Acrylic Additives vs Mediums

Hey guys! So I just realized something…lately I’ve been talking a lot about mediums I like to use and additives and how to avoid the biggest mistake acrylic painters make, and I’ve just realized that I don’t have a dedicated blog post to sharing the difference between additives and mediums!! What??? What am I doing with my life?

I thought for sure I had written about this before, but apparently I haven’t.  I’ve touched on various mediums to prime and finish your work and types of acrylic paint, but not exactly what the difference is between additives and mediums. I explain the differences in my Acrylic Painting for Absolute Beginner’s Ebook, so perhaps that’s where I feel like I’ve written about this before.

So enough rambling! Let’s get on with the difference between additives and mediums once and for all!

What's the difference between acrylic additives and mediums?

If you’re interested in checking out any of the mentioned mediums or additives in this post, I’d greatly appreciate you clicking the affiliate links I’ve included to Amazon to help support this blog at the same time, thanks!

I’m going to try to keep this as short and sweet as possible.  Let’s take a moment to think about what makes up acrylic paint.  Acrylic paint is basically pigment (the color) mixed with a vehicle to deliver the pigment to the surface we’re painting on.  In acrylics, that vehicle is a polymer structure that dries to a plastic-like finish.  It’s this vehicle, or “glue” that holds the pigment, that gives acrylics their signature sturdy composure.  When acrylics are fully cured they’re flexible, crack-resistant, dirt-resistant, and waterproof. It’s the polymer structure that gives it these properties.

So mediums that we use to change the texture or fluidity of our paint have their own structure.  An acrylic medium is basically the same polymer vehicle that makes up acrylics, without the pigment.  In place of the pigment, we have other materials that give us the effect we want (ground pumice stone in pumice gel, that stringy texture in clear tar/string gel, or even just more of the polymer vehicle in heavy gel).

Golden's Heavy Gel, a medium for increasing the thickness of your paint.
Golden’s Heavy Gel, a medium for increasing the thickness of your paint.

So to sum it up, acrylic mediums are composed of the same “glue” that holds the paint together.  This is why we can use acrylic mediums in unlimited quantities, and mix them with each other in whatever ratios we want without changing the integrity of our painting.

Additives, on the other hand, are something completely different.  Acrylic additives do not contain the polymer structure within them, so by adding them to our paint, we’re diluting the “glue” that gives our paint its strength.  Adding too much additive can create gaps between the polymer structures, preventing them from meshing together in their strong formations when cured.  This means that if too much additive is used with out paint, our painting has the risk of cracking in the future, or even not fully curing at all and remaining in a horrible tacky consistency forever!

Acrylic Flow Release
Acrylic Flow Release, an Additive

So how do we know how much additive is too much? It will tell you on the container.  Just be sure to follow the directions and not use too much. Additionally, you can mix your chosen additive with a medium that works well with it, so you’re basically adding some “glue” to the additive.  I personally like to mix in a bit of glazing medium with my flow release additive that I add to my misting bottle for spraying my paint to make it run down the canvas.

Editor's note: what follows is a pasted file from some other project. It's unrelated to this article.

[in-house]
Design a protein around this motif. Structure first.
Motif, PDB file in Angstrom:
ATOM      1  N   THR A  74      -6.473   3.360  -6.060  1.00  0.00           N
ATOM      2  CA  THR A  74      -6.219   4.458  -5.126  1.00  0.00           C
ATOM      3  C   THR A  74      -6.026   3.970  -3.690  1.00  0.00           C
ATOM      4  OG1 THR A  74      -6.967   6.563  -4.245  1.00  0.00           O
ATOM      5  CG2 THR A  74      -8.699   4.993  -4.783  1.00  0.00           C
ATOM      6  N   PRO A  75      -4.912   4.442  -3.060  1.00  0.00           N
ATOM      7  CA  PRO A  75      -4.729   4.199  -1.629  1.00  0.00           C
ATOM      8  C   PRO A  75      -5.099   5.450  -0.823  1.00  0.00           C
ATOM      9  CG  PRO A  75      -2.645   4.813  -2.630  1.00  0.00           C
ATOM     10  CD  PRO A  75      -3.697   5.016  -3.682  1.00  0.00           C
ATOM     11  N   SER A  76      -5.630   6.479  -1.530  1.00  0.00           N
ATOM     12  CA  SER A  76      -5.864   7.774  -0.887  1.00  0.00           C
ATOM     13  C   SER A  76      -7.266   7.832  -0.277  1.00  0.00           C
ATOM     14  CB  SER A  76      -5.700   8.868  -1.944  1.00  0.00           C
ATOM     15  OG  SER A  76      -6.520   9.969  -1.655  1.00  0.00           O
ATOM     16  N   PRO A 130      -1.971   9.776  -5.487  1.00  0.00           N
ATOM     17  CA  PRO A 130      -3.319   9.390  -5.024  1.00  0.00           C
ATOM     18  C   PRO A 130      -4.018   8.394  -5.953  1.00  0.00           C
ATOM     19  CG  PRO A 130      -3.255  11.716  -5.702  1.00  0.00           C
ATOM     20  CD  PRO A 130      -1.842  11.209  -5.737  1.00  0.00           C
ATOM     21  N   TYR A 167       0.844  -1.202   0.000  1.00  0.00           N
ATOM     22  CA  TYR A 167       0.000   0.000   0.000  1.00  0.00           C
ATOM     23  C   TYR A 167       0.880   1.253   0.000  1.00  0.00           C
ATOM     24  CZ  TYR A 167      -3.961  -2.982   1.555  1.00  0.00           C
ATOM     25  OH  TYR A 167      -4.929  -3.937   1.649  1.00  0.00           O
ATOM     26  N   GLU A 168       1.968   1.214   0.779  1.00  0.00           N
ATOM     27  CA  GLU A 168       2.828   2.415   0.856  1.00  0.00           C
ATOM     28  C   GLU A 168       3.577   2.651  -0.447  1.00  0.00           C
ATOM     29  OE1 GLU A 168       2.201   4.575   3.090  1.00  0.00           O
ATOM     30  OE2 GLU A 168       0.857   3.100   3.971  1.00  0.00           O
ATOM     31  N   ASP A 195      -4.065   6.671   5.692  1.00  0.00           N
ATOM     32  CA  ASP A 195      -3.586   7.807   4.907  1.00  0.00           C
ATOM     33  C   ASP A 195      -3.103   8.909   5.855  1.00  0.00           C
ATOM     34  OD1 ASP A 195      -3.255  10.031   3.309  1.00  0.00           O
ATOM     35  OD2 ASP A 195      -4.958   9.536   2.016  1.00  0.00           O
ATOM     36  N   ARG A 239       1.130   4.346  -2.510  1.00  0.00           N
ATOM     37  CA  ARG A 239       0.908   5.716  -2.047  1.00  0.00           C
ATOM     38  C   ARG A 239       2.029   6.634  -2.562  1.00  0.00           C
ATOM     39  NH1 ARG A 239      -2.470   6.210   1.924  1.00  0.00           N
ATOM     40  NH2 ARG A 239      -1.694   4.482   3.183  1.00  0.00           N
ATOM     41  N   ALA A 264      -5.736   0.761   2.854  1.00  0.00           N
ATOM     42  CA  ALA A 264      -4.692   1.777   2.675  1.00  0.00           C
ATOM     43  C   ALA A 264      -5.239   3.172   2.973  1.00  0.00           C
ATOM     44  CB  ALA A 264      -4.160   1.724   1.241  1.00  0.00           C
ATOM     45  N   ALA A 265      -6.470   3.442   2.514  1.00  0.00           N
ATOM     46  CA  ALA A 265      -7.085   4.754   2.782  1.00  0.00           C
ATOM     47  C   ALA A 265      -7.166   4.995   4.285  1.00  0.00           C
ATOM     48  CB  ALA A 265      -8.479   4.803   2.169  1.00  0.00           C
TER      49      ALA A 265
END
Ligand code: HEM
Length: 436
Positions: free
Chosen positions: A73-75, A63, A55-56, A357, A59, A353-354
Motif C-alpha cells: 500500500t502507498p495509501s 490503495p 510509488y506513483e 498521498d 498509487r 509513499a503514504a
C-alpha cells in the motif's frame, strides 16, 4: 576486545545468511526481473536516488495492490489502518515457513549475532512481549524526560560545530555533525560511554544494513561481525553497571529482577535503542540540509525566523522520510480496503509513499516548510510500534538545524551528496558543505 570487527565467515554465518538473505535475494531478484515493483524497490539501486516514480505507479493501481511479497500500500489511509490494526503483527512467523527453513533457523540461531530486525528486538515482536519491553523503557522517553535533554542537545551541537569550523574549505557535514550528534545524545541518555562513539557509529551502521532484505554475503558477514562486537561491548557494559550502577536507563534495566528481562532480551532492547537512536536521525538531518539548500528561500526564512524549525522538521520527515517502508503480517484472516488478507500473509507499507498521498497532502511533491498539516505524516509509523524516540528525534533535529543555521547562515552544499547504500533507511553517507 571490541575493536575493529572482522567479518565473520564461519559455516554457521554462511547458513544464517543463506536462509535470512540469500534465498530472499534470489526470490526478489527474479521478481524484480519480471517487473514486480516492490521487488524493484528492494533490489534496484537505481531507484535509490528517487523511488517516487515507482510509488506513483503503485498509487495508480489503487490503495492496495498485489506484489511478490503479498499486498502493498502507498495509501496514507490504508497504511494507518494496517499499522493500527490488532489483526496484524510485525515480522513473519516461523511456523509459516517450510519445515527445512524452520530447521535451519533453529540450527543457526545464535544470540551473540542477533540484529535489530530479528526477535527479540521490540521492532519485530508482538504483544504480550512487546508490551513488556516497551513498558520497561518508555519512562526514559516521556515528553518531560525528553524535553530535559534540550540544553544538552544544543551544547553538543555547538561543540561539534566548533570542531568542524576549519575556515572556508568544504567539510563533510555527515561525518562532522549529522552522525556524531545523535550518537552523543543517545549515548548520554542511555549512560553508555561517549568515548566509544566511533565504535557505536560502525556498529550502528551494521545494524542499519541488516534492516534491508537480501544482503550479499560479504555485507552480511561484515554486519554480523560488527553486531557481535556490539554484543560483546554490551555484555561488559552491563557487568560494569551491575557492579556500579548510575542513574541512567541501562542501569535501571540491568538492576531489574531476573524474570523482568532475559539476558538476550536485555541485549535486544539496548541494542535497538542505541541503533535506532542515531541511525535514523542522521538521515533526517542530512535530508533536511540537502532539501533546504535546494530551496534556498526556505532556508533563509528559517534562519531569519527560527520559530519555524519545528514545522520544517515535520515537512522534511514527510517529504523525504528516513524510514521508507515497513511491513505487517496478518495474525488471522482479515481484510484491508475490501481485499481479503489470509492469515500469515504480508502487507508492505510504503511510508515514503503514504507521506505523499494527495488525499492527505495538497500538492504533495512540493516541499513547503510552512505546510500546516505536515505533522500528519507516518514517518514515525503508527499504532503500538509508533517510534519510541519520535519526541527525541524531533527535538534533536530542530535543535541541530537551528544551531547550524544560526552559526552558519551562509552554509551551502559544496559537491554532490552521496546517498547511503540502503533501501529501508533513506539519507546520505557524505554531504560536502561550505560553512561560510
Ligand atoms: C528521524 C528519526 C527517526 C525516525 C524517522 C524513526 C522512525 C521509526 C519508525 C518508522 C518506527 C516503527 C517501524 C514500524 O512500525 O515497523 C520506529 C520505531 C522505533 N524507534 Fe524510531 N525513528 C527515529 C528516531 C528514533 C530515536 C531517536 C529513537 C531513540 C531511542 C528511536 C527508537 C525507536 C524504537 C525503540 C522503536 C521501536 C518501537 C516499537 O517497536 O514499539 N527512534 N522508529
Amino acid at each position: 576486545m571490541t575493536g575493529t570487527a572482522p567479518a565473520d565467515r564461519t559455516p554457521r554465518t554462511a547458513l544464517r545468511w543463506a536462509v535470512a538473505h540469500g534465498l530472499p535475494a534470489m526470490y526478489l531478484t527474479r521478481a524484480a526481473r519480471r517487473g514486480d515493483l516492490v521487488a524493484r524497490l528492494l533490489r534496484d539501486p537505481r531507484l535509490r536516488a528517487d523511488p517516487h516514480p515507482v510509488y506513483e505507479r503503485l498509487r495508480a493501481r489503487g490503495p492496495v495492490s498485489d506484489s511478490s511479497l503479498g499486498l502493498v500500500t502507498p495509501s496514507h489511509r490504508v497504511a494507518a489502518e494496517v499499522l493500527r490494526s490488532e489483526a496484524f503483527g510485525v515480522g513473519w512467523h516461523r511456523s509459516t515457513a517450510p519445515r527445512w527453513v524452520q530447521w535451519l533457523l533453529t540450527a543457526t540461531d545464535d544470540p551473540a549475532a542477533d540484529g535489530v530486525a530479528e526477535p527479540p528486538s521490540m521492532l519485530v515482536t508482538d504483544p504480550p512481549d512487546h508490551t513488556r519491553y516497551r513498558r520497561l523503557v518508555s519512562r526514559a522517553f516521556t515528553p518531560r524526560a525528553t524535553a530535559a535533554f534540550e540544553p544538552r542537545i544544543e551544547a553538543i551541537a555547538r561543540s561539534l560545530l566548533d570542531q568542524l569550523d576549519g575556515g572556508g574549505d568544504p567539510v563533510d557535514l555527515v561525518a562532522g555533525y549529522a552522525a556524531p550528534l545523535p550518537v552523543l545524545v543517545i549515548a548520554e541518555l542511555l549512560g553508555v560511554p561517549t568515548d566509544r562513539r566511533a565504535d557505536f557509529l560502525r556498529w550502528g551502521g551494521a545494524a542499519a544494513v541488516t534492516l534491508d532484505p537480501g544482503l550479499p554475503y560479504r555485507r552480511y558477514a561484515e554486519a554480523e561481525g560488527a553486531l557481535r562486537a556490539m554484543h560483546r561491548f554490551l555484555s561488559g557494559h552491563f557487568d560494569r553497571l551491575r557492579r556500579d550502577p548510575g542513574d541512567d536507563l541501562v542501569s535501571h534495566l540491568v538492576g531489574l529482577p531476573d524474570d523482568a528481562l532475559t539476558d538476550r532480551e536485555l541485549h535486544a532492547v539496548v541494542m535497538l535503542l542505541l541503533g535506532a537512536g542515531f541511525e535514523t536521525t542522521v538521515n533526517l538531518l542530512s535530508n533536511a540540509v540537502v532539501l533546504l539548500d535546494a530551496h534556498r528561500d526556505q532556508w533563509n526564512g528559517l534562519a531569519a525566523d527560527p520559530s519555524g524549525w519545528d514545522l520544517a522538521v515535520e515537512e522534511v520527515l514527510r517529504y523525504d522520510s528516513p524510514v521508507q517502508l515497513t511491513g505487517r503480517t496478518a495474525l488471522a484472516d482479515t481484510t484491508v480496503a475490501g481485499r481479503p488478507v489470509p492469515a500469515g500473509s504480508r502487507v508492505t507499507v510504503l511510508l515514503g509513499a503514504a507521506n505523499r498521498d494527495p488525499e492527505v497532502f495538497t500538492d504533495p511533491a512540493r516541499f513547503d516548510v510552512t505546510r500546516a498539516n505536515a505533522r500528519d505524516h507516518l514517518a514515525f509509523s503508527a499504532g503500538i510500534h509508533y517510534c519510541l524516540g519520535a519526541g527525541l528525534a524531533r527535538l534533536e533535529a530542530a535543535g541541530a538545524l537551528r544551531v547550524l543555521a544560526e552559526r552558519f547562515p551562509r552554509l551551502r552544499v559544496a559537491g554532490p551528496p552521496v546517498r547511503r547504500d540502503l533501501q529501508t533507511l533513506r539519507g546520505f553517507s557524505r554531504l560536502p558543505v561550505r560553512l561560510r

So there it is, guys! The difference between acrylic additives and mediums.  Both are great and can really help you express yourself with acrylics, as long as you know what you’re using and how to use it.  Leave me a comment below if this post helped you, and thanks for stopping by! Till next time, keep creating!

-Ashley <3

What's the difference between acrylic additives and mediums?

An Acrylic Painting for Beginners Tutorial Round-Up!

free online acrylic painting lessons

Hi friends! Happy Monday! Today I wanted to do another little post round-up, similar to the watercolor tutorial round-up I’ve already done.  My goal for these types of posts is to bring light to older tutorials that may be lost in the archives of this blog, so newer readers can enjoy, and maybe my current readers can still enjoy if they haven’t seen something yet on this list.

So let’s get to it! Here’s my list of my favorite/best free acrylic painting tutorials from my archives:

Types of Acrylic Paint – craft, student, artist/professional? What’s the difference? Read this post to make an informed decision on which paints are right for you and your current skill levels.

Acrylic Mediums for Priming and Finishing – Gesso and Varnish, do I need them, and how to use them??

How to Mix Skin Tones – This video is very old, and the lighting is terrible (it was one of my first YouTube videos, before I got proper filming lighting), but the information is still solid, so it’s worth a watch if mixing skin tones with acrylics confuses you. As a head’s up, I am planning on redoing/refilming this tutorial, so stay tuned to this blog for an upgrade to this post!

How to Mix Common Paint Colors – read this post before you buy another tube of paint! Maybe you already have what you need to mix it yourself?

The Right Way to Start a Painting – before you start painting on your blank canvas, here’s the secret to a more professional look.

Shiny Ball Syndrome – a common ailment of beginner painters.  Adding too much highlight, too soon in your painting, can be a recipe for disaster. Here’s how to resist the temptation!

How to Wire Hang a Canvas – got your painting finished, but not sure how to get it on your wall? Here’s how to wire hang a canvas! (It’s easy, I promise!)

Acrylic Painting Glossary for Beginners – are you hearing words being used by artists and other art tutorials makers that have you a little confused? Here’s a list of acrylic painting words that beginners may be a bit fuzzy about.

How to Stop Acrylic Paint from Drying – prevent acrylic paint from drying too fast both on your canvas and your palette.